• The second is basis risk. While being long spot and short futures maintains delta neutrality, allocators must be sure that they are capitalized enough to add collateral to the short leg of the trade should the futures basis move higher. Conversely to counterparty risk, this risk actually increases during raging bull markets. 
  • As a long term investor, the third “risk” to consider is opportunity cost. By shorting the futures contract in equivalent size to your underlying spot position, you miss out on any further potential upside in Bitcoin’s spot price; but most entities (and the ones we are speaking to in this report) putting on this trade are non-directional in nature. 

Typically, Bitcoin trades in contango, meaning that the futures curve is positive sloping the further out that you go on the curve; thus there is typically some small degree of yield to be generated from the cash and carry trade in BTC. Here is a look at the current futures curve for Bitcoin across Binance, Deribit, and OKX:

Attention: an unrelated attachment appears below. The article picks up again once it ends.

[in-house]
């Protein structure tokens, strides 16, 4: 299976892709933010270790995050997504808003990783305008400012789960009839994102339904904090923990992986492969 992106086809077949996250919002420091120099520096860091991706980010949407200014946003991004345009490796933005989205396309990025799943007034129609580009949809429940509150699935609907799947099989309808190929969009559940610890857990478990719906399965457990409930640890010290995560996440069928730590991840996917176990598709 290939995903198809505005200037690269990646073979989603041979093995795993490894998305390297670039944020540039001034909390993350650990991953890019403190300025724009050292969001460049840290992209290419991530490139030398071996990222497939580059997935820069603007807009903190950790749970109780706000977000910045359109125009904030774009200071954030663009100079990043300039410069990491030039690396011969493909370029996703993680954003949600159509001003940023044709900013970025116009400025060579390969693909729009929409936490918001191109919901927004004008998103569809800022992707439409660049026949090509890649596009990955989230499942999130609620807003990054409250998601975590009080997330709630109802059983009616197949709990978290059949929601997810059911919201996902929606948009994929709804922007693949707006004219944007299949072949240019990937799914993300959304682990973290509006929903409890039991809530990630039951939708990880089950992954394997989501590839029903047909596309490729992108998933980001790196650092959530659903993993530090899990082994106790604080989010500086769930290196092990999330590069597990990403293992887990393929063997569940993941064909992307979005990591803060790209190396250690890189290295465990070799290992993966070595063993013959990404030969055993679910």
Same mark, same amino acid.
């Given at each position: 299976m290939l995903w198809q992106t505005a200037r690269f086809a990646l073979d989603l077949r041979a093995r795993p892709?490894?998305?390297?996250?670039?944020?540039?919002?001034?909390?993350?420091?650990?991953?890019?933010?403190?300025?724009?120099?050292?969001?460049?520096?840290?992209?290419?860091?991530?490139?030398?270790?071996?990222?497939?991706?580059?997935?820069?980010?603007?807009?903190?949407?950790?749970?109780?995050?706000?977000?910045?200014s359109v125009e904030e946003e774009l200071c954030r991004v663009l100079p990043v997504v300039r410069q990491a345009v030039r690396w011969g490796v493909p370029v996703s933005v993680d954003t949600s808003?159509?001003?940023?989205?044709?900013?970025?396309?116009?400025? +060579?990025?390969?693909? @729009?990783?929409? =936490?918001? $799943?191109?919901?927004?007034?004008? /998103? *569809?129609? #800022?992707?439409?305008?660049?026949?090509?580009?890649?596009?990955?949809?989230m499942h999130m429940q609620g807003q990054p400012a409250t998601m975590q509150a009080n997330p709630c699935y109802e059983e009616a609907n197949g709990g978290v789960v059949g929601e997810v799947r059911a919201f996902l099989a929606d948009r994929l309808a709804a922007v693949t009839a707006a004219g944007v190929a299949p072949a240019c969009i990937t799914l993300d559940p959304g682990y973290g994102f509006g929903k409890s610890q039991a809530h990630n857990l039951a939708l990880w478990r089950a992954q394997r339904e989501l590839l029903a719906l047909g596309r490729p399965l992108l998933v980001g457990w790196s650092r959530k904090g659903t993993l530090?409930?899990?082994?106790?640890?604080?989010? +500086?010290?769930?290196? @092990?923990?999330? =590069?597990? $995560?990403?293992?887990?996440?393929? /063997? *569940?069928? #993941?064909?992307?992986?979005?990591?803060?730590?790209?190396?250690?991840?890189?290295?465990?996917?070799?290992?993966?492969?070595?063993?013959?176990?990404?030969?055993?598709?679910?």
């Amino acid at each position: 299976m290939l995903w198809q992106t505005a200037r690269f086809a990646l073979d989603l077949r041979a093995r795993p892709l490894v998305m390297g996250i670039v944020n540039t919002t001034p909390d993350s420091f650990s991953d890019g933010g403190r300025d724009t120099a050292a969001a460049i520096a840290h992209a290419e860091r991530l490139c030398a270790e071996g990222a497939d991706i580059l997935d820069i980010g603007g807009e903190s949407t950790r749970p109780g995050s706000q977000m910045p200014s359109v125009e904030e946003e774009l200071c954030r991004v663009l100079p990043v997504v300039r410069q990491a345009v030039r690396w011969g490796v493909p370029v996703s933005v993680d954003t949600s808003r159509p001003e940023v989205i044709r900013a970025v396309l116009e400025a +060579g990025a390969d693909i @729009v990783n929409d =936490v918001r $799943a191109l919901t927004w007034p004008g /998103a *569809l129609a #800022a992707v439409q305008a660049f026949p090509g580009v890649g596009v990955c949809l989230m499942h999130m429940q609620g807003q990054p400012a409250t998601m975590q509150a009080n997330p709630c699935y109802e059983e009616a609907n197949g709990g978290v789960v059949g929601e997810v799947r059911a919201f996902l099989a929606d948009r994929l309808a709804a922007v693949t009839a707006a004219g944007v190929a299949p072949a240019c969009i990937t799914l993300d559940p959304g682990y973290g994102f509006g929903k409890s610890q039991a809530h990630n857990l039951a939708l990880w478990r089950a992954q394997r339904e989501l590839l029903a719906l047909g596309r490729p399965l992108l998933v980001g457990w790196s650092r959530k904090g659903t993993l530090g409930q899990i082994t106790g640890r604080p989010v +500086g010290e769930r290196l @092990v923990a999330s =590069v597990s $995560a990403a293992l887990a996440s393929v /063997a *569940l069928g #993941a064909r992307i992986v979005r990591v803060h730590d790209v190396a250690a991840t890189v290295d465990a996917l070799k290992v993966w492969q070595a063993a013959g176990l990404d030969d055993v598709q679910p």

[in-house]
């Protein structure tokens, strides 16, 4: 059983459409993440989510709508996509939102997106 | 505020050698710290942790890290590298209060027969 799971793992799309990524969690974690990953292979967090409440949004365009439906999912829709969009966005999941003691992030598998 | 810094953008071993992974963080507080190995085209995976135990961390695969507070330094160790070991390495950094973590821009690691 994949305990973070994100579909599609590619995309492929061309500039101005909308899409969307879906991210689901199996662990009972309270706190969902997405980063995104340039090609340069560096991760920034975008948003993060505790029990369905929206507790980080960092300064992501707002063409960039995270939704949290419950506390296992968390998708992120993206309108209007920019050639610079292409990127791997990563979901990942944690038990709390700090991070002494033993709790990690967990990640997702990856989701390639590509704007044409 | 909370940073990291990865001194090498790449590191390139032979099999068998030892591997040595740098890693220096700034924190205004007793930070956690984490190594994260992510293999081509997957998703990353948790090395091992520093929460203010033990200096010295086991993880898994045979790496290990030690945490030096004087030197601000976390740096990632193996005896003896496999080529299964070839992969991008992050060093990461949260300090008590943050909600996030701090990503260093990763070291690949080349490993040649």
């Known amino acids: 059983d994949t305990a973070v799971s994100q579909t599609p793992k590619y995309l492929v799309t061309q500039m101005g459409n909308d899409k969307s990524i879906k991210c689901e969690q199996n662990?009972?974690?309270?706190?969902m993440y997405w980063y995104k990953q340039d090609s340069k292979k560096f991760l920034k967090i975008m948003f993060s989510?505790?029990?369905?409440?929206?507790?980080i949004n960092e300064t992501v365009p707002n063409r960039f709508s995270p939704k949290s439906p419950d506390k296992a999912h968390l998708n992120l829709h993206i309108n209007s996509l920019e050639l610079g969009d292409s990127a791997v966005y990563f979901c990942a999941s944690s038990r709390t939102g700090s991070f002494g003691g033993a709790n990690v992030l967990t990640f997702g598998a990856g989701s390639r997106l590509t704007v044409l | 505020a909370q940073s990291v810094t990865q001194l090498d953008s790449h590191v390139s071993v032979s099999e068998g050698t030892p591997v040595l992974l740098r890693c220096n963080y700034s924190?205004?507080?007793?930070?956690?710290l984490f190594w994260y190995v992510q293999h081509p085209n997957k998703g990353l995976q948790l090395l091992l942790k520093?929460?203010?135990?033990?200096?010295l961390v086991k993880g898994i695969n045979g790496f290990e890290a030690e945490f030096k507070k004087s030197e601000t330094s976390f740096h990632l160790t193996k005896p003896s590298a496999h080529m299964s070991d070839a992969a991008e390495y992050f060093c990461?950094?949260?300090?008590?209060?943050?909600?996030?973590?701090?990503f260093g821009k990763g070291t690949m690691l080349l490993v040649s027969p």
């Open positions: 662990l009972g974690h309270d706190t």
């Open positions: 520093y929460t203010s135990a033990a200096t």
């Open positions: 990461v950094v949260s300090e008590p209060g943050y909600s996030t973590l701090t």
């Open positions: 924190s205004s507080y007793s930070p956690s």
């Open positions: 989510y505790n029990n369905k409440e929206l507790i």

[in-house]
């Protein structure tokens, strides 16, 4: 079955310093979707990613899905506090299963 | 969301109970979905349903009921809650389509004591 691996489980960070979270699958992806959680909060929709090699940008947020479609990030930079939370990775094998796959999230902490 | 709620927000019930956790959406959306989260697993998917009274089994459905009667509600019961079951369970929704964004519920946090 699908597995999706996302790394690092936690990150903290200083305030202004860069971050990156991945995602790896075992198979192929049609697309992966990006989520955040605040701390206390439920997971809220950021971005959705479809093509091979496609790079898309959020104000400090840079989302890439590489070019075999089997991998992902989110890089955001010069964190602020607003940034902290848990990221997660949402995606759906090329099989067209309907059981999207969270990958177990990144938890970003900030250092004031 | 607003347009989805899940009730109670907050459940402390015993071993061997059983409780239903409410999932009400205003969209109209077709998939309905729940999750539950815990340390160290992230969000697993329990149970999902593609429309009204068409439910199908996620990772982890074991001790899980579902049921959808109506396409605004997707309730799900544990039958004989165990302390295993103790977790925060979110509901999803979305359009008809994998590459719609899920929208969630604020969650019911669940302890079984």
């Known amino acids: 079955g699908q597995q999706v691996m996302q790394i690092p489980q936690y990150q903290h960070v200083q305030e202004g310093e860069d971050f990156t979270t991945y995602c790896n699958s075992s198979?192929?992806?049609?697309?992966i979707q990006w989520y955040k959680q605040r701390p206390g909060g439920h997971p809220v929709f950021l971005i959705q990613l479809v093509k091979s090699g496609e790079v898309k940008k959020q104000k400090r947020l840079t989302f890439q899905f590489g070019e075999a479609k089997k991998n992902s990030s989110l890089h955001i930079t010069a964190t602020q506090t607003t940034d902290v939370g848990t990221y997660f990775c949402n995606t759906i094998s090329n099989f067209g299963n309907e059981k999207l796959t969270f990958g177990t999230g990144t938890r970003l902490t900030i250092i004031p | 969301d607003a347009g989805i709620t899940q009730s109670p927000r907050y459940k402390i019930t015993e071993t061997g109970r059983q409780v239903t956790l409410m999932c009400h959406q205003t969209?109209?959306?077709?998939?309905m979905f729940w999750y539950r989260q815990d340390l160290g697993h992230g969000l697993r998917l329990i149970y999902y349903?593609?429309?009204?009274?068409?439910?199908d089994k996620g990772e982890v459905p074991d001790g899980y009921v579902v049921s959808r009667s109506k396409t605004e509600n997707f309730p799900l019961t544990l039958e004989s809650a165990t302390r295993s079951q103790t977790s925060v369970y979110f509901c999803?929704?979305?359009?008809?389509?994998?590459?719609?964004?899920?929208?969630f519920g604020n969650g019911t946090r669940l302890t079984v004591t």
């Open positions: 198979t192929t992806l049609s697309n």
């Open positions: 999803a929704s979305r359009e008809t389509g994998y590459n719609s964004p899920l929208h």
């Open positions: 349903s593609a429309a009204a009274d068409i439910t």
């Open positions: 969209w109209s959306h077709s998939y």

Bitcoin futures curve Source: Glassnode

However, during periods of speculative crypto mania when there is a large degree of demand to be long crypto, we can see the futures basis (difference between spot price and futures contracts) reach insane levels. In the chart below from Glassnode, we can see the historical annualized 3 month futures basis for Bitcoin. During Q1 2021 during peak crypto speculative mania this blew out to over 40% annualized. Following this mania, we saw the basis normalize down to ~3% per annum during Bitcoin’s draw down during the summer of 2021 and ultimately back to over 15% per annum during Bitcoin’s second move up towards $70,000 in Q4 2021.  

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Annualized Bitcoin 3-month futures basis Source: Glassnode

While the peak 40% annualized yield is a large headline number, just how much size could you get into the Bitcoin cash and carry trade during early 2021? Let’s try to quantify this by doing the following: 

  • First we will look at total futures open interest and volume figures for Bitcoin throughout the last few years. 
  • Next we will look at the maximum notional size and yield that was possible to generate from this trade during the last bull market excluding perp open interest. 
  • Next we will look at the maximum notional size and yield that was possible to generate from this trade during the last bull market excluding perp open interest and CME open interest. (solely crypto native exchanges’ dated futures contracts)